The tomato growing season on Abaco is now over and we will not be able to enjoy home-grown tomatoes until late November or December. In the meantime we will have to endure imported tomatoes that are picked early and never develop rich flavour. Most home gardeners grow tomatoes from hybrid seeds and these guarantee abundant crops of uniform fruits.
One thing hybrid tomatoes do not guarantee is taste.
If taste is your priority then you need to grow heirloom tomatoes. These are varieties that have been selected as superior and have been grown for many years, sometimes centuries. Heirloom tomatoes may have green shoulders, cracks around the stem end, uneven shapes and poor production but they will have good taste. They are tomatoes with character.
Seed packets from the nursery are always labeled if they are hybrid or heirloom. If there is no indication of either it means the seeds are open pollinated and will grow true from subsequent seeds. Heirloom seeds are open pollinated so you can take seeds from your best fruits and use them for the next season’s harvest. Just squeeze some seeds onto a paper towel and spread them apart. Fold the paper and label with the name of the heirloom and the month and year. After two or three days, when the seeds are dry, put the packet in the refrigerator for long term storage.
Seed companies are aware of the demand for heirloom tomatoes and every year there is a greater selection available. In recent years I have seen Cherokee Purple, Black Krim, Mortgage Lifter, Golden Jubliee, Delicious, Hillbilly, Pineapple and Brandywine on general sale from leading seed houses.
Some of the larger heirloom varieties have potato leaves instead of traditional tomato leaves. These produce greater shade for the developing fruits but make the plant much heavier for staking.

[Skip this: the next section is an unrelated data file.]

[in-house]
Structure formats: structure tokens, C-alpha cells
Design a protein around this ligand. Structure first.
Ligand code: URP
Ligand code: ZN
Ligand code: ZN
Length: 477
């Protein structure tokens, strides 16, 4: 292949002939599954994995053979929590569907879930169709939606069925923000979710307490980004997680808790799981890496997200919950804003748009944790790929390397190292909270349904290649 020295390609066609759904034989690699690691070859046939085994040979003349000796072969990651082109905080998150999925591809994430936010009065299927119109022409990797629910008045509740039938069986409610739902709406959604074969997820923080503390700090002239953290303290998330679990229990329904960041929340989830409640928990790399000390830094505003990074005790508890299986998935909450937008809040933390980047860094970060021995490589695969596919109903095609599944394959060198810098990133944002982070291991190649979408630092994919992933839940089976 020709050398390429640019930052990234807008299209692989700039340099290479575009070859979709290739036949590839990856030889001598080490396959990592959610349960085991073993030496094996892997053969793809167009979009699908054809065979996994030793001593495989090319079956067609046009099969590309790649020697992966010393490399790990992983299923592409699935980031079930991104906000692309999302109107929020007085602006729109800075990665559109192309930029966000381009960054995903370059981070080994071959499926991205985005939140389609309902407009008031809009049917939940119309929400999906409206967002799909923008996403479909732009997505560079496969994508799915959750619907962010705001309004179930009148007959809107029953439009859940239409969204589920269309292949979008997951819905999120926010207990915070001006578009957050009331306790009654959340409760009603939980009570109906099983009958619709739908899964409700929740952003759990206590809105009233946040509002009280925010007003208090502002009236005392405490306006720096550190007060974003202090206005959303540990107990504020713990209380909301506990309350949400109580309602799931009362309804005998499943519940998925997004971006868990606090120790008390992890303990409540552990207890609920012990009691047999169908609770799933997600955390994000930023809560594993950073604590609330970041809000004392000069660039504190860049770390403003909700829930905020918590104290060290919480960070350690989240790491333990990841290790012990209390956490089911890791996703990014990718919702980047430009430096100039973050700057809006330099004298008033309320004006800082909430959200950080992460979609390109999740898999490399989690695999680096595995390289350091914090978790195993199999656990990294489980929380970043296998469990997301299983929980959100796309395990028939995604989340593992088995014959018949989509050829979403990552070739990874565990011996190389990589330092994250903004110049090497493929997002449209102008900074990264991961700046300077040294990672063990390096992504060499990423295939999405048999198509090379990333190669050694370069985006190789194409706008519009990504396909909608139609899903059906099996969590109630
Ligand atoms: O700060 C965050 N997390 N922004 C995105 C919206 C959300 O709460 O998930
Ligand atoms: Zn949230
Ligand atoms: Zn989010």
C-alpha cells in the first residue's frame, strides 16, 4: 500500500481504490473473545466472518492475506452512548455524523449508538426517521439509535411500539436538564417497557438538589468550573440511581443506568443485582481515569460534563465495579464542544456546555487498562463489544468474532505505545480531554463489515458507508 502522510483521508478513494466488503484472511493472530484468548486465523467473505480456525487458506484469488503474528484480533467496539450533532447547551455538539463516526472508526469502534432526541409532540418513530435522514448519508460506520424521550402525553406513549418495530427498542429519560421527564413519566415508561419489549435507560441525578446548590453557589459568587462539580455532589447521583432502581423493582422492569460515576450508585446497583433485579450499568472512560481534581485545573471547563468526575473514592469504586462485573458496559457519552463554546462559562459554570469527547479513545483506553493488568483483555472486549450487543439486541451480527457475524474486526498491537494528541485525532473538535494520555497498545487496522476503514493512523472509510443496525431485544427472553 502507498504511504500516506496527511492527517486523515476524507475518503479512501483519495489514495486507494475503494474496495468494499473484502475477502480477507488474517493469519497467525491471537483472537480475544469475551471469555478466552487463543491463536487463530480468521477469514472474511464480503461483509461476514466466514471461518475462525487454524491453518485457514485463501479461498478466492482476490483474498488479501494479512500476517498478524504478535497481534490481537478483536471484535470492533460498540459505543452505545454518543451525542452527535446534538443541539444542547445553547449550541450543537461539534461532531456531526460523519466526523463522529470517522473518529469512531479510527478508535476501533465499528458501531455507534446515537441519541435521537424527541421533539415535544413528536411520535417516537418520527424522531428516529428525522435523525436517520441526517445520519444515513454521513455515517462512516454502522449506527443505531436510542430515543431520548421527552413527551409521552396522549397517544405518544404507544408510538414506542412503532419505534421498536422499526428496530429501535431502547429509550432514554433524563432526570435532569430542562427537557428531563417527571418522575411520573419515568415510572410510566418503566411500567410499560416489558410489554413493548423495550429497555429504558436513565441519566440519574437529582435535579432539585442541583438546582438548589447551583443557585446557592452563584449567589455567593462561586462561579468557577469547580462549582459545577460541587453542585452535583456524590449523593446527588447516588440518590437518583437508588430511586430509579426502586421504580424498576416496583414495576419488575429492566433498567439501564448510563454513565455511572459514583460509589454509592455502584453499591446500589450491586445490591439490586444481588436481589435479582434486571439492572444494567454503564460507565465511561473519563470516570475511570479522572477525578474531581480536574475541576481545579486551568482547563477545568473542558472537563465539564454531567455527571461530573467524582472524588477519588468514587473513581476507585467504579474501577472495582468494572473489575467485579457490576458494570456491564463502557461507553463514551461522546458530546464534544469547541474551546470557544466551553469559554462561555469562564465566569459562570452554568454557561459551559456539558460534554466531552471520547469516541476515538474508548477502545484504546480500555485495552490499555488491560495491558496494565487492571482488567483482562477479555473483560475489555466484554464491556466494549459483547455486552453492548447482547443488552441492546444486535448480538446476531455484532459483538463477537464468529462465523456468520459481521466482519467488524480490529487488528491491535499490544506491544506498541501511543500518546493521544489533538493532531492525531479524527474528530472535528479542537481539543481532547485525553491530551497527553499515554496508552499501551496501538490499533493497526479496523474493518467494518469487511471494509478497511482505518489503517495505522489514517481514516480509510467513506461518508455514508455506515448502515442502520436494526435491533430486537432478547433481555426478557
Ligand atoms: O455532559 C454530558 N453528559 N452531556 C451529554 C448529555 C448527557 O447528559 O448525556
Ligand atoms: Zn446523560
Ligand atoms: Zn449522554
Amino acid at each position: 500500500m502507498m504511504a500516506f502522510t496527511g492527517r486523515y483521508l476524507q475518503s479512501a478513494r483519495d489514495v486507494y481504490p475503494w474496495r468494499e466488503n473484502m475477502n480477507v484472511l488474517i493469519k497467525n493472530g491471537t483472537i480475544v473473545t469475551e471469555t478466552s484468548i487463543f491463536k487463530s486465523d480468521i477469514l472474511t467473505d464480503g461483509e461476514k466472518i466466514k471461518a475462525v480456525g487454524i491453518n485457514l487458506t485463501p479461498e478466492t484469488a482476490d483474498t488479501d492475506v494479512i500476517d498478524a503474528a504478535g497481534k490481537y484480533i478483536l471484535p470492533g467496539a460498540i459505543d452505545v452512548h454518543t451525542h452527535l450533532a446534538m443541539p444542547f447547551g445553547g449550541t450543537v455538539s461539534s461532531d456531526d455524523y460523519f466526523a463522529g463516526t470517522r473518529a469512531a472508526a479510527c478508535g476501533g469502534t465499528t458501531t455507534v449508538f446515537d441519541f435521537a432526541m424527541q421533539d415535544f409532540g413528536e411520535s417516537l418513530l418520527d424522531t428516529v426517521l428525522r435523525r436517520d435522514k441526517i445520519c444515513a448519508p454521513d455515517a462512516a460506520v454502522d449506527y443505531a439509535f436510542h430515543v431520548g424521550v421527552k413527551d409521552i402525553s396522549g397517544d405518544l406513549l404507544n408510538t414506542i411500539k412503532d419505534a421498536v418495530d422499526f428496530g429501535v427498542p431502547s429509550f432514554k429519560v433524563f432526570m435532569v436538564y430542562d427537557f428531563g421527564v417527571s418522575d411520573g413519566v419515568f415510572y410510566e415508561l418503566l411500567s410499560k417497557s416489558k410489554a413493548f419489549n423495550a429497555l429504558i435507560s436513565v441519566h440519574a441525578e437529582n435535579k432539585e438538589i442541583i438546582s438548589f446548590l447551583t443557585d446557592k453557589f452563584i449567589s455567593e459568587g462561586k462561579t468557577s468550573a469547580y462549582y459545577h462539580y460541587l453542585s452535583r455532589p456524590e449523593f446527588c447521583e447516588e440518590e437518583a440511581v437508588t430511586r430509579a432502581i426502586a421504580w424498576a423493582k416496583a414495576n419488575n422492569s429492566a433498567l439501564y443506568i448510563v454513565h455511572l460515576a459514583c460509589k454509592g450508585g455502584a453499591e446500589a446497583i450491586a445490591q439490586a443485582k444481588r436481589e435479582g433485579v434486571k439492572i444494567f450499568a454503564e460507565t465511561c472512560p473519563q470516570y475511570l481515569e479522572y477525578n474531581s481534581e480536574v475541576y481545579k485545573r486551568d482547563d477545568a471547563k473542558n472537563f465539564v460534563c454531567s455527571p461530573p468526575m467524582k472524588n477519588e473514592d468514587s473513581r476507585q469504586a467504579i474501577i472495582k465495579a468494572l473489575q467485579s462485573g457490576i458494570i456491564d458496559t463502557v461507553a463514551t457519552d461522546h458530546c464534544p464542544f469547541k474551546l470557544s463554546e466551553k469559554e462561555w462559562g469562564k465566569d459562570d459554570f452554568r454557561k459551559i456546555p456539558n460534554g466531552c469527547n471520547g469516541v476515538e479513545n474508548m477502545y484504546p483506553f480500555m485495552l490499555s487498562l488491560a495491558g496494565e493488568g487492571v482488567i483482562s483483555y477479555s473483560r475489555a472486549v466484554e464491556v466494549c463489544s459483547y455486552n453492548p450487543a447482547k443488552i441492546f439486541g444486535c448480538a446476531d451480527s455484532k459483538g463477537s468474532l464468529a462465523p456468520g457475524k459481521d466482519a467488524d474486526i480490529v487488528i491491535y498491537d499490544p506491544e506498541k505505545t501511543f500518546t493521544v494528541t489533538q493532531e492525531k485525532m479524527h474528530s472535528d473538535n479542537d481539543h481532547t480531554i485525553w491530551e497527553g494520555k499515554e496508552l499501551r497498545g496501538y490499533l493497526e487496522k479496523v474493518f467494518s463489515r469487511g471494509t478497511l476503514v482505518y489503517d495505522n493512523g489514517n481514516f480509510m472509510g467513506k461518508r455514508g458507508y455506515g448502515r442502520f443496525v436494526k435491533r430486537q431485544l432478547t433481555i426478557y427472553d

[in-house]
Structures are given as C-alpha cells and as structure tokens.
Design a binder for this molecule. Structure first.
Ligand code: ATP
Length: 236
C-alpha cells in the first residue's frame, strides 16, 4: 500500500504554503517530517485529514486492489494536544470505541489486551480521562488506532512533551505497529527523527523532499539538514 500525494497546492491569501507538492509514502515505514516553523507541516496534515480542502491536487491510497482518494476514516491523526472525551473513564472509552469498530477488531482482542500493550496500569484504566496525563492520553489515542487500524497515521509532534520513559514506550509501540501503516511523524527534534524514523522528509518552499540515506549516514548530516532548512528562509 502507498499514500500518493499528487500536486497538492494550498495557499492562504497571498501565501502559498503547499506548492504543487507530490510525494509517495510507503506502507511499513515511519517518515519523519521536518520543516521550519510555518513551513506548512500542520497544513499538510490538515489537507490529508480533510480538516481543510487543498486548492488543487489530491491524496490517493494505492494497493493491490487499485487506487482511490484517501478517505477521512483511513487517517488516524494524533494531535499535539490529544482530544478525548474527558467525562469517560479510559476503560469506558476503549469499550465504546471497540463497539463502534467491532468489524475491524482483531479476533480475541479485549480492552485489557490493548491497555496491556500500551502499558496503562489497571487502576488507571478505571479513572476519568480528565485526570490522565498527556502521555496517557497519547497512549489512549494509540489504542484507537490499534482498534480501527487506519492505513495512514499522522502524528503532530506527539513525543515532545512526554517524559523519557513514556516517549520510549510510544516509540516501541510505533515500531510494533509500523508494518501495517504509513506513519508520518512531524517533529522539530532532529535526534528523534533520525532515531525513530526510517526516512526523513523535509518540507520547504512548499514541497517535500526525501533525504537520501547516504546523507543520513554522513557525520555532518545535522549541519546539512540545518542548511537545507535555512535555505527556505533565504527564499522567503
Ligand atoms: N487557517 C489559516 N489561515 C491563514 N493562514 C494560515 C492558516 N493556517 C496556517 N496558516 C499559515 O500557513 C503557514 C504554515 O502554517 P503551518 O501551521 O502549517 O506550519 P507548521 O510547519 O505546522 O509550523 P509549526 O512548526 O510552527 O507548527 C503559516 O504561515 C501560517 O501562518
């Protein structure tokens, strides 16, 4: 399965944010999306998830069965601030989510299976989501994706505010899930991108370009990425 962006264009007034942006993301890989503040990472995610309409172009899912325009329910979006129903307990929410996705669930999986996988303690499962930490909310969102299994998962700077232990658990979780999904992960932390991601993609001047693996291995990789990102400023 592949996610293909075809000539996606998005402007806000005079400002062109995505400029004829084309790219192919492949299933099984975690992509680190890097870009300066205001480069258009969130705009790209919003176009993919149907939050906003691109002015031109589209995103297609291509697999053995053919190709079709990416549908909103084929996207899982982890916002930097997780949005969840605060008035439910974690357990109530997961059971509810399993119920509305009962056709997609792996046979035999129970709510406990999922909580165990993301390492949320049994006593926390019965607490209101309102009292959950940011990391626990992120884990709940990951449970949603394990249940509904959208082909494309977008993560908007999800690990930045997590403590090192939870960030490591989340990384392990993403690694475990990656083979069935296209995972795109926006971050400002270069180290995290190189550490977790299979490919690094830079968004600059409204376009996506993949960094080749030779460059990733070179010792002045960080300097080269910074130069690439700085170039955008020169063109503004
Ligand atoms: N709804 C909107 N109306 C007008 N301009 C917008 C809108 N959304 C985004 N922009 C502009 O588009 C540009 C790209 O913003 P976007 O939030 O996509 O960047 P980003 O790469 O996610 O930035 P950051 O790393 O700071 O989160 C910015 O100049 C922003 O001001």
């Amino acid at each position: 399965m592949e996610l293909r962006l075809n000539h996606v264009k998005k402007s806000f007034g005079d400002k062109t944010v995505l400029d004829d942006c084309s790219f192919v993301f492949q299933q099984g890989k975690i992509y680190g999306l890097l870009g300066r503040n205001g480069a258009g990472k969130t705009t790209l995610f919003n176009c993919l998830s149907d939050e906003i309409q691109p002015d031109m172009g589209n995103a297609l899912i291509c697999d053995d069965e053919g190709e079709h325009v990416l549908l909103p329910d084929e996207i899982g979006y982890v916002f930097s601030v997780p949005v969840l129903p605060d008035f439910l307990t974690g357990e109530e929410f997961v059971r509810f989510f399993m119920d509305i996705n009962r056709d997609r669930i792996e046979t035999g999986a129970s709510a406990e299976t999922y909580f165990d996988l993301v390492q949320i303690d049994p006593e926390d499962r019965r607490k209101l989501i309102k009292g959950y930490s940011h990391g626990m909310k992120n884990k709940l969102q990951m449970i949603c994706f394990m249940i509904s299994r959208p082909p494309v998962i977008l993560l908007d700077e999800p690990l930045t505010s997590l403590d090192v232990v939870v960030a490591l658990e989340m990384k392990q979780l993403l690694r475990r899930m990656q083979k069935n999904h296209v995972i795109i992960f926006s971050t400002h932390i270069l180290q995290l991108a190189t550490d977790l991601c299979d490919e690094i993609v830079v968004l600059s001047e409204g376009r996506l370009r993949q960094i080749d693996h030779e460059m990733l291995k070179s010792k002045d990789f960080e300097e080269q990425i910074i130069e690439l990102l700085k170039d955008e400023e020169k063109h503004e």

Ask a child the colour of a tomato and the answer is invariably red. In the world of heirloom tomatoes red is eclipsed by pink, white, green, purple, brown, black, yellow, orange and even blue. A plate of sliced heirloom tomatoes displays a rainbow of colours.
Tomatoes with the word ‘Black’ come originally from the Crimean area of the Ukraine. Those that were smuggled out in the days of the Soviet Union were mistakenly called Russian. Black tomatoes are not really black but have dark skin and rich dark flesh. Cherokee Purple is not really purple either, more an interesting brown around the shoulders.
Yellow and orange tomatoes tend to be far less acid than other colours and this will be a consideration for some people. Pink tomatoes tend to be the sweetest. Green tomatoes are not unripe tomatoes but ones that are still green when they are fully ripe. These often have the most refreshing and complex of tastes. Some heirlooms have yellow flesh highlighted by red, somewhat like a blood orange. Great White is better described as ivory and has intense flavour.
If you are a newcomer to the world of heirloom tomatoes I suggest you start with Cherokee Purple and Black Krim. I was introduced to Cherokee Purple by the late Marinas Schutemaker who lived in Cherokee Sound and grew them in his small garden. Black Krim is an excellent Crimean tomato from Ukraine that bears large fruits in abundance. After you have sampled these you will be convinced that heirloom tomatoes must be part of your annual garden. You may end up like me and have the seeds for dozens of heirlooms to choose from. Always remember that Pine Woods Nursery can order specialist seeds for you.
Order early so you are not disappointed.